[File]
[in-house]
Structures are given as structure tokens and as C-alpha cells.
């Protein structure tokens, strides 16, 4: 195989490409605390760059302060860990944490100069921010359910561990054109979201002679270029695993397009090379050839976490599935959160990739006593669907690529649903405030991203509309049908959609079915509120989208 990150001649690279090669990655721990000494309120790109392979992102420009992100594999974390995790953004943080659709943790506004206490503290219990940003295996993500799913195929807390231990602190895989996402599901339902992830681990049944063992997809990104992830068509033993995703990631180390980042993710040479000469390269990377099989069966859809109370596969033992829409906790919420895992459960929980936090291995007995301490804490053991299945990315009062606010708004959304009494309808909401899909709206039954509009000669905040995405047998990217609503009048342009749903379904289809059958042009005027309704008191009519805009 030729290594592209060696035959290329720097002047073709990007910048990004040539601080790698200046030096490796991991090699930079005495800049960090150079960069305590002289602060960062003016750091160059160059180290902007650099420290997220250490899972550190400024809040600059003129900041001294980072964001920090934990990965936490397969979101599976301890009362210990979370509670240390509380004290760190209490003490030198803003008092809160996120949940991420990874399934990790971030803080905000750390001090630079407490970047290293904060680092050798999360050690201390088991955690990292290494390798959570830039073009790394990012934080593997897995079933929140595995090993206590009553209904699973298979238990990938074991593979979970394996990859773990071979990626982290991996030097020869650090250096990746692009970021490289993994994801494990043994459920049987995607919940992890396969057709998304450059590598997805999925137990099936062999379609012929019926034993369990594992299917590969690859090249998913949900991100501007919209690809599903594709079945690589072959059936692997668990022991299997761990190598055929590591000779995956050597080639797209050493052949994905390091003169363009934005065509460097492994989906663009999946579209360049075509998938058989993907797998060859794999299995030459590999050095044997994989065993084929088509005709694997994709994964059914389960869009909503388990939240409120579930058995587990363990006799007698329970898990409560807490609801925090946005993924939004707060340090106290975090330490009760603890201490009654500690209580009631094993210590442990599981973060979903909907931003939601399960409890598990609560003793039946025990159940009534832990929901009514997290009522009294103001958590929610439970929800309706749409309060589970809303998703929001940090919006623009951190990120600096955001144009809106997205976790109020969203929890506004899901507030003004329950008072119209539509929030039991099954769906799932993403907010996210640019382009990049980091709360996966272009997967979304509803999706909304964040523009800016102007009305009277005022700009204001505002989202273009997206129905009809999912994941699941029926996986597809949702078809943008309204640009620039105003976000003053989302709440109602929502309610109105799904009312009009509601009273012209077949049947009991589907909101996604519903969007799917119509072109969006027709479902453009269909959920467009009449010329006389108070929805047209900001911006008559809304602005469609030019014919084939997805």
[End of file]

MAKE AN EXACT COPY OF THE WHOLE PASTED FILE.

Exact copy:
[in-house]
Structures are given as structure tokens and as C-alpha cells.
């Protein structure tokens, strides 16, 4: 195989490409605390760059302060860990944490100069921010359910561990054109979201002679270029695993397009090379050839976490599935959160990739006593669907690529649903405030991203509309049908959609079915509120989208 990150001649690279090669990655721990000494309120790109392979992102420009992100594999974390995790953004943080659709943790506004206490503290219990940003295996993500799913195929807390231990602190895989996402599901339902992830681990049944063992997809990104992830068509033993995703990631180390980042993710040479000469390269990377099989069966859809109370596969033992829409906790919420895992459960929980936090291995007995301490804490053991299945990315009062606010708004959304009494309808909401899909709206039954509009000669905040995405047998990217609503009048342009749903379904289809059958042009005027309704008191009519805009 030729290594592209060696035959290329720097002047073709990007910048990004040539601080790698200046030096490796991991090699930079005495800049960090150079960069305590002289602060960062003016750091160059160059180290902007650099420290997220250490899972550190400024809040600059003129900041001294980072964001920090934990990965936490397969979101599976301890009362210990979370509670240390509380004290760190209490003490030198803003008092809160996120949940991420990874399934990790971030803080905000750390001090630079407490970047290293904060680092050798999360050690201390088991955690990292290494390798959570830039073009790394990012934080593997897995079933929140595995090993206590009553209904699973298979238990990938074991593979979970394996990859773990071979990626982290991996030097020869650090250096990746692009970021490289993994994801494990043994459920049987995607919940992890396969057709998304450059590598997805999925137990099936062999379609012929019926034993369990594992299917590969690859090249998913949900991100501007919209690809599903594709079945690589072959059936692997668990022991299997761990190598055929590591000779995956050597080639797209050493052949994905390091003169363009934005065509460097492994989906663009999946579209360049075509998938058989993907797998060859794999299995030459590999050095044997994989065993084929088509005709694997994709994964059914389960869009909503388990939240409120579930058995587990363990006799007698329970898990409560807490609801925090946005993924939004707060340090106290975090330490009760603890201490009654500690209580009631094993210590442990599981973060979903909907931003939601399960409890598990609560003793039946025990159940009534832990929901009514997290009522009294103001958590929610439970929800309706749409309060589970809303998703929001940090919006623009951190990120600096955001144009809106997205976790109020969203929890506004899901507030003004329950008072119209539509929030039991099954769906799932993403907010996210640019382009990049980091709360996966272009997967979304509803999706909304964040523009800016102007009305009277005022700009204001505002989202273009997206129905009809999912994941699941029926996986597809949702078809943008309204640009620039105003976000003053989302709440109602929502309610109105799904009312009009509601009273012209077949049947009991589907909101996604519903969007799917119509072109969006027709479902453009269909959920467009009449010329006389108070929805047209900001911006008559809304602005469609030019014919084939997805």